Co-locating electrolysers with renewable generators (onshore and offshore)

Overview of the status and impact of the innovation



Locating electrolysers alongside renewable generation assets is an effective strategy for producing large quantities of green hydrogen. Co-located electrolysers and renewable power plants could operate together in isolation without a grid connection, or a grid connection could be added to increase the overall system flexibility and provide services for the power system, such as acting as a “dispatchable power plant”.

Studies show that levelised costs of hydrogen are lowest when electrolysers are co-located with onshore wind and solar PV, reaching EUR 4.1/kgH2 by 2025 (Aurora Energy Research, 2022). Electrolysers can also be located offshore to take advantage of large-scale offshore wind plants or ocean energy technologies; the hydrogen could be shipped to the shore or transported there by pipelines. Offshore electrolysers may have higher construction, operation and maintenance costs, thus necessitating careful planning to evaluate potential trade-offs. However, technological innovation is lowering costs. For example, Siemens Gamesa and Siemens Energy are integrating an electrolyser directly into an offshore wind turbine to create a single synchronised system for producing green hydrogen (Siemens Gamesa, 2022).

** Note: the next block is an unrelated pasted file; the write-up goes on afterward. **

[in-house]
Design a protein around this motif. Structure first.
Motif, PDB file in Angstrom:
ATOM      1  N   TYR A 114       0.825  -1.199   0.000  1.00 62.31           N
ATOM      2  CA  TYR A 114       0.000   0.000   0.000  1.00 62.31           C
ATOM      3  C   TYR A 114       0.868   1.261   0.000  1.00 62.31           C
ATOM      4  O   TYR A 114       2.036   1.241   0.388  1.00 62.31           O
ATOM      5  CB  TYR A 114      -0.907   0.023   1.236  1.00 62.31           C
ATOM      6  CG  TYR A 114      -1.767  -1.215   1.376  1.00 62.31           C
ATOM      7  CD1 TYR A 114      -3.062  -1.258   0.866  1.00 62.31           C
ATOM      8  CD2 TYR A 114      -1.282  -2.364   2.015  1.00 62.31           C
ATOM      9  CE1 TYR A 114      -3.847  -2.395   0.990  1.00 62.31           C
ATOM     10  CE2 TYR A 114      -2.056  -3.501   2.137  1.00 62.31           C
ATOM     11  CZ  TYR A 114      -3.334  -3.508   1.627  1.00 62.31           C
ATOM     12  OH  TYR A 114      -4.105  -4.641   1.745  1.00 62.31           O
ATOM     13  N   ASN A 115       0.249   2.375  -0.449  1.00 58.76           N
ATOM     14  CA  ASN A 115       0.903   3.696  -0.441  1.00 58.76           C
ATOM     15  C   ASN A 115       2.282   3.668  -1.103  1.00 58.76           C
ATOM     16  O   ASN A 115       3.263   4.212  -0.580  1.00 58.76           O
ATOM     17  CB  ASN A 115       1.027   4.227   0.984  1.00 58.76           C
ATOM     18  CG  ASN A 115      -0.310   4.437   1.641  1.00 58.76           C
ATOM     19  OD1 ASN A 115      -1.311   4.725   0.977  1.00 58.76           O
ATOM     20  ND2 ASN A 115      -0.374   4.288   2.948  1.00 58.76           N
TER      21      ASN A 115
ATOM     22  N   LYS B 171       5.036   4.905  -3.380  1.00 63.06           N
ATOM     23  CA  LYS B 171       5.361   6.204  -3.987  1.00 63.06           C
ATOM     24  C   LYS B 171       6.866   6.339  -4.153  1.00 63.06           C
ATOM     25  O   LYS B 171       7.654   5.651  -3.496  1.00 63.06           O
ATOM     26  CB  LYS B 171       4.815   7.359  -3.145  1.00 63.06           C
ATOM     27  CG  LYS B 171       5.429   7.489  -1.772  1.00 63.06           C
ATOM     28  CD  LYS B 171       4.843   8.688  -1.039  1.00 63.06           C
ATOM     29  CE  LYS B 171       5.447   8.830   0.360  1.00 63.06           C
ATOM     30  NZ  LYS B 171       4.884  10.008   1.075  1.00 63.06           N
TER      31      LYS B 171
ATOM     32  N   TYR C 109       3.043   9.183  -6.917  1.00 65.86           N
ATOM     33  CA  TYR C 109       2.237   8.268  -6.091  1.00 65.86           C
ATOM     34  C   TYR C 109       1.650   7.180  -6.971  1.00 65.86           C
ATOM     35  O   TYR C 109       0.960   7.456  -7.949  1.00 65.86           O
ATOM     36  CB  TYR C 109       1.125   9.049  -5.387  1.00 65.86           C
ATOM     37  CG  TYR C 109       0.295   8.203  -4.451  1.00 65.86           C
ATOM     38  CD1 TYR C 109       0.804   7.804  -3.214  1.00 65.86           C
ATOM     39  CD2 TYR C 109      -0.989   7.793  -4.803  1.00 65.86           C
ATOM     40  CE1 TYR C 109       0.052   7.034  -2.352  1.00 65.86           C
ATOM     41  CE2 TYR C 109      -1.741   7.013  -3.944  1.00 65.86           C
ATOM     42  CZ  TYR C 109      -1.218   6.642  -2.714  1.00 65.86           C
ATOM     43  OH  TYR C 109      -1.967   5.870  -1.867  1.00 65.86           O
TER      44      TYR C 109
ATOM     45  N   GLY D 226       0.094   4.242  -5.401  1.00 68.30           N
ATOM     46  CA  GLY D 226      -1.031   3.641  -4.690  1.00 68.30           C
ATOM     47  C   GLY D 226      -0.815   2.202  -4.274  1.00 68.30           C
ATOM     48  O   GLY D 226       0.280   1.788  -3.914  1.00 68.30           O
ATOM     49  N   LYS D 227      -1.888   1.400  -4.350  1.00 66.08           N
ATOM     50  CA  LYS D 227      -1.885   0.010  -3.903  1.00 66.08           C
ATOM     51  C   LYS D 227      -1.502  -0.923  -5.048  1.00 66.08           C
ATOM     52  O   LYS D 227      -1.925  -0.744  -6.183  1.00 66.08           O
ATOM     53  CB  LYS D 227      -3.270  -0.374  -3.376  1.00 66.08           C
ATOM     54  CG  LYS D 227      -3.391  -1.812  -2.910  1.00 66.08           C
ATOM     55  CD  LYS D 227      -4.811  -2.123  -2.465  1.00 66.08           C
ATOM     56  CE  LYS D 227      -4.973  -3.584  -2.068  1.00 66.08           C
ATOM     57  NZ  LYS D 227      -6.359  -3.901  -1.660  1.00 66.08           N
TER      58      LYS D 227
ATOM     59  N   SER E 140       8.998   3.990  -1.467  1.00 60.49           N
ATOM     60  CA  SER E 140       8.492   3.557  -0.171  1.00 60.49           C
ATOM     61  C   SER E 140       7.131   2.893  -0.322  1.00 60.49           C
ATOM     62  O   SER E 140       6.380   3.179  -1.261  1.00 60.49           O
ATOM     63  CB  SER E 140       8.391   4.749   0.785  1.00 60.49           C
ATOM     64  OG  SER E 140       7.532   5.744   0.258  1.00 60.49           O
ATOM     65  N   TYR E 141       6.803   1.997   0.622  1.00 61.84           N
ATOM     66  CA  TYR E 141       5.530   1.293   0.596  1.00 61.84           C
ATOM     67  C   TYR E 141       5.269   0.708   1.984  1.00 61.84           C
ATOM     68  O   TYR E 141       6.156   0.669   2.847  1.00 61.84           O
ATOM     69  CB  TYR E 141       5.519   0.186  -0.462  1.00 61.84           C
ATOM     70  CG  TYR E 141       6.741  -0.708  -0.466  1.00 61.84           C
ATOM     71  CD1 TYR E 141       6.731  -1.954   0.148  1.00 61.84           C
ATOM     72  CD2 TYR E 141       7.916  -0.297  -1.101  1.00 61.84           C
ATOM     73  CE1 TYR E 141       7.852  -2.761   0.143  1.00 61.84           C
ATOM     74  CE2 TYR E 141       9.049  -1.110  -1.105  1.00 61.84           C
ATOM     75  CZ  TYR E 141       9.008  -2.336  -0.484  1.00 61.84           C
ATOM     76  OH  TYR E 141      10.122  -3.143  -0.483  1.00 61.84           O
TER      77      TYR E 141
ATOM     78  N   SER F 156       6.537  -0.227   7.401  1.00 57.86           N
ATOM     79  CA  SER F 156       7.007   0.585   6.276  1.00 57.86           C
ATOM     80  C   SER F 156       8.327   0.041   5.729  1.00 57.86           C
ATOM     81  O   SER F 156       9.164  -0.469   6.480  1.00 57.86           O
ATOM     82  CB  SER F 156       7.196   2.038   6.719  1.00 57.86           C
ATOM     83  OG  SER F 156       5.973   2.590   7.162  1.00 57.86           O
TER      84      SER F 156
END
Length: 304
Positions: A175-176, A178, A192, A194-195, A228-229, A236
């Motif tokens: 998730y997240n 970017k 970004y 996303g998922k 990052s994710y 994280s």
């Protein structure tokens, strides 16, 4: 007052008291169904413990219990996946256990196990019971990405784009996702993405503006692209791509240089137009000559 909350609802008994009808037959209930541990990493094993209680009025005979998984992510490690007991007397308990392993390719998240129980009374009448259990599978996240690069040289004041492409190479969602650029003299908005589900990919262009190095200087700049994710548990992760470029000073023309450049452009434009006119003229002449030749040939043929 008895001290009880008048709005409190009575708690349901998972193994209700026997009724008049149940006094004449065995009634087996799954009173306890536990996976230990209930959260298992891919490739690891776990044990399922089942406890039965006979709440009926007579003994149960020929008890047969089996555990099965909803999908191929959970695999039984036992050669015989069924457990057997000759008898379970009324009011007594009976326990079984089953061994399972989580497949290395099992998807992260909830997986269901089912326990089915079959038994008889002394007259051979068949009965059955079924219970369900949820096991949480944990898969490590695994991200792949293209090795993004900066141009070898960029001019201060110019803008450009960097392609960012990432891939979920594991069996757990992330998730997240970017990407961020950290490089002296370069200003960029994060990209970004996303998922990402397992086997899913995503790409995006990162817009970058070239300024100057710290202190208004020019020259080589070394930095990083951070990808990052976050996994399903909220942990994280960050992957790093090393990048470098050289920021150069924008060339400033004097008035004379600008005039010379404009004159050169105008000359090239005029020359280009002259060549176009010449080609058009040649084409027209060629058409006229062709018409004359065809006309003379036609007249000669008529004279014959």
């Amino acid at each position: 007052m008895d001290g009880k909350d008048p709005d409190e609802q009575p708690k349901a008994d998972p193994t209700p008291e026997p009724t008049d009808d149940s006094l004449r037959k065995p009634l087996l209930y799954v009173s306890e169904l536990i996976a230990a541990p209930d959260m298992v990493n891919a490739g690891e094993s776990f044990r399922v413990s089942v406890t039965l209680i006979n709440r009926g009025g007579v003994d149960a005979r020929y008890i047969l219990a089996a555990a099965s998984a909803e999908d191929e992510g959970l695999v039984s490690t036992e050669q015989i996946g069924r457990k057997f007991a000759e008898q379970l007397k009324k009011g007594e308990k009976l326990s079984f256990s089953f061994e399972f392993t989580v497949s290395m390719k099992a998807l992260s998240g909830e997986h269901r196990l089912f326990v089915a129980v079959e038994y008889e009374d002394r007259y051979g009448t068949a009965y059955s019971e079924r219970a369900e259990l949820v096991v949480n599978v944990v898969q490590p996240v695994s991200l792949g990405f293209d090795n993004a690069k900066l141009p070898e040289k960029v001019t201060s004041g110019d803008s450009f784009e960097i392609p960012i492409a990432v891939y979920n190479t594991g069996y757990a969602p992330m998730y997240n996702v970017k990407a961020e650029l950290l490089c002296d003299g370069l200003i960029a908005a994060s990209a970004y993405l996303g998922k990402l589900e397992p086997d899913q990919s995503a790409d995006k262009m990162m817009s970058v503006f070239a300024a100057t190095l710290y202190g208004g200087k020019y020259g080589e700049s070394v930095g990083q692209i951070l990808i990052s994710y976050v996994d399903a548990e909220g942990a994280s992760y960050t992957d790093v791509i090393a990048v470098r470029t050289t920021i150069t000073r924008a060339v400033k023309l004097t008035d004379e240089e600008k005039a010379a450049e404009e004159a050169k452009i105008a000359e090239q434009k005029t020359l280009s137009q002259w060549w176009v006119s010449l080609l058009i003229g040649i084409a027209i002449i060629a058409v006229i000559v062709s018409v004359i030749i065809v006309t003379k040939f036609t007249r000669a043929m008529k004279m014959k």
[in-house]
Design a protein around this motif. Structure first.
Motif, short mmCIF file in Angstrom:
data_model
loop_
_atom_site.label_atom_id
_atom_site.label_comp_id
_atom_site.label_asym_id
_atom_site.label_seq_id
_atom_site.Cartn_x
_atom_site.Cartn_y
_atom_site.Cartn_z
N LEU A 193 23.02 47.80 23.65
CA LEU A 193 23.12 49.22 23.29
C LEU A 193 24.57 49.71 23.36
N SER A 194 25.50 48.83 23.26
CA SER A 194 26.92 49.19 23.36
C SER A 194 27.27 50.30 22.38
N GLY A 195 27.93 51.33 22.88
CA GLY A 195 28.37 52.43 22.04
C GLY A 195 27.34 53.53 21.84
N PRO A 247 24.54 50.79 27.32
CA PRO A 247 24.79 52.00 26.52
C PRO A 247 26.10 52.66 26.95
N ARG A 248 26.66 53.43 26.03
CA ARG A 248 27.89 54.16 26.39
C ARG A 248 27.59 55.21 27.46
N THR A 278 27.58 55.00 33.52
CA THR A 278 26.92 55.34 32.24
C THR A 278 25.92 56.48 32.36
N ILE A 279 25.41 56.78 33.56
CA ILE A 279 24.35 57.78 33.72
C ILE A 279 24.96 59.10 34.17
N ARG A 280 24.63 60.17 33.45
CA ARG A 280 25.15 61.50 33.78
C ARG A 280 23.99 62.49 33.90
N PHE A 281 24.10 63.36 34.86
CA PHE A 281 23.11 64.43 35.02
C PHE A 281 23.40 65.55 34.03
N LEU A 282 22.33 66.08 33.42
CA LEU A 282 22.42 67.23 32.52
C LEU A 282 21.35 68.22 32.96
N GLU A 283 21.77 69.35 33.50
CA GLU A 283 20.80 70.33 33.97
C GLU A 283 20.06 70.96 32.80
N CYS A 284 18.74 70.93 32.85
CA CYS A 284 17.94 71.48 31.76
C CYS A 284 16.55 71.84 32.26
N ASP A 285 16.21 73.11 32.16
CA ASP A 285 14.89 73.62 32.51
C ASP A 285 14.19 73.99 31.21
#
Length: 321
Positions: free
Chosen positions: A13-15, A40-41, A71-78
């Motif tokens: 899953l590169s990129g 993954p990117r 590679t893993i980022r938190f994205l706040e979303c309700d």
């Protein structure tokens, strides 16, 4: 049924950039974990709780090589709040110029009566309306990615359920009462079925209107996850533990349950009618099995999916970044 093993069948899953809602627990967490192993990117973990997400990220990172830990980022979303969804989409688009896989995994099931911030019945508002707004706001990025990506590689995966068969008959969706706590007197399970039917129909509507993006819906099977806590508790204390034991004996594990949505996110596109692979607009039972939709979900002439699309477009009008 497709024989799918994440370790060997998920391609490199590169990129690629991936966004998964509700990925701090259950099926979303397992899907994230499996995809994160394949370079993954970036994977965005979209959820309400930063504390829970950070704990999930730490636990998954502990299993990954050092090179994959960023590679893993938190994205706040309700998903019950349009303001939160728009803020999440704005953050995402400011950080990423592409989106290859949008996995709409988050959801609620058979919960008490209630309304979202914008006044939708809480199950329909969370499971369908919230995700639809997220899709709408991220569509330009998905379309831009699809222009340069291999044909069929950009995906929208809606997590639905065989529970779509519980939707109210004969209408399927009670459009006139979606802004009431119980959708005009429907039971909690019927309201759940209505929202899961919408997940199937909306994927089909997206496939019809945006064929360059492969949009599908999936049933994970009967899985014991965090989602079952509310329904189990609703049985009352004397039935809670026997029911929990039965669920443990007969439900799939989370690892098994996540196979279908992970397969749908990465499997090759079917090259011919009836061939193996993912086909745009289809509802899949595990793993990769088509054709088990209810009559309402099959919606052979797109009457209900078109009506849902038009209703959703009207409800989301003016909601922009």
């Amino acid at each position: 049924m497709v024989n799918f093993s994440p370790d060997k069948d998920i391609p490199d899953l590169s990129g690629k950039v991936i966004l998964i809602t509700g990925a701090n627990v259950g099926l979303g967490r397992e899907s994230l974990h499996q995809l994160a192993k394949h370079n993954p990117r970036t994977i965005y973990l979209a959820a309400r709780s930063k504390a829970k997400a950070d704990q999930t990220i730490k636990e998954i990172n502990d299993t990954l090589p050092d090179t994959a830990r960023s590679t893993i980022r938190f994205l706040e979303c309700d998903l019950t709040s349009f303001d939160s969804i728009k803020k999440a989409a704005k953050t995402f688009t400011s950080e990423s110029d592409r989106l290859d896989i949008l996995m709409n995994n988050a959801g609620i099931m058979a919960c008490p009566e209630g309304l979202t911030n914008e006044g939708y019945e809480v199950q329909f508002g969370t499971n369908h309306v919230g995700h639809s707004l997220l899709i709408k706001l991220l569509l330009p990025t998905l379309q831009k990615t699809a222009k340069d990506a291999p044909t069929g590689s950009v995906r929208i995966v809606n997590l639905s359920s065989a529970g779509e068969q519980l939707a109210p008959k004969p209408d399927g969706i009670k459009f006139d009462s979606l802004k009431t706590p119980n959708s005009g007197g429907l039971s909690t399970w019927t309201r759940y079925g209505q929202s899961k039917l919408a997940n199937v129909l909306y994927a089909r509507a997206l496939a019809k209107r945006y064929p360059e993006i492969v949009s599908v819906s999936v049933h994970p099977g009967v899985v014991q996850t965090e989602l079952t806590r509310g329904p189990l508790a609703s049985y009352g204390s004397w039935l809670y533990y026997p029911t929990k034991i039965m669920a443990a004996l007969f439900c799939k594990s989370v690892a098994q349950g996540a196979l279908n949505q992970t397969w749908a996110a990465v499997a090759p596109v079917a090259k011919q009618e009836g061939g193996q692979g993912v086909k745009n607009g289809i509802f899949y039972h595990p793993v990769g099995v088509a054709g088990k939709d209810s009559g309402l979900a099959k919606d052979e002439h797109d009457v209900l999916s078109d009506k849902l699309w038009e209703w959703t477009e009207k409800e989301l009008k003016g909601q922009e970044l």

Co-locating electrolysers with onshore or offshore renewable power plants can substantially reduce costs and improve the business case for projects. This can reduce power losses due to longdistance electricity transmission or help avoid such losses, reduce network charges and help avoid the costs of building transmission lines. In addition, once hydrogen transport infrastructure is in place, electrolysers and renewable power plants could be co-located in remote areas with vast renewable resources, such as deserts or far offshore, making it possible to harness affordable renewable electricity and drive down the cost of renewable hydrogen even further.

BOX 9.17 Harnessing the power of the winds in Chile: The Haru Oni project

The Haru Oni project in the Magallanes region of Chile will deploy a 1.25 MW polymer electrolyte membrane electrolyser co-located with a 3.4 MW wind turbine to take advantage of the region’s abundant wind energy resources (Siemens Energy, 2023). Chile is one of a number of countries that could use their extensive renewable resources to become major producers and exporters of green hydrogen or its derivatives for a global market (Iakovenko, 2022).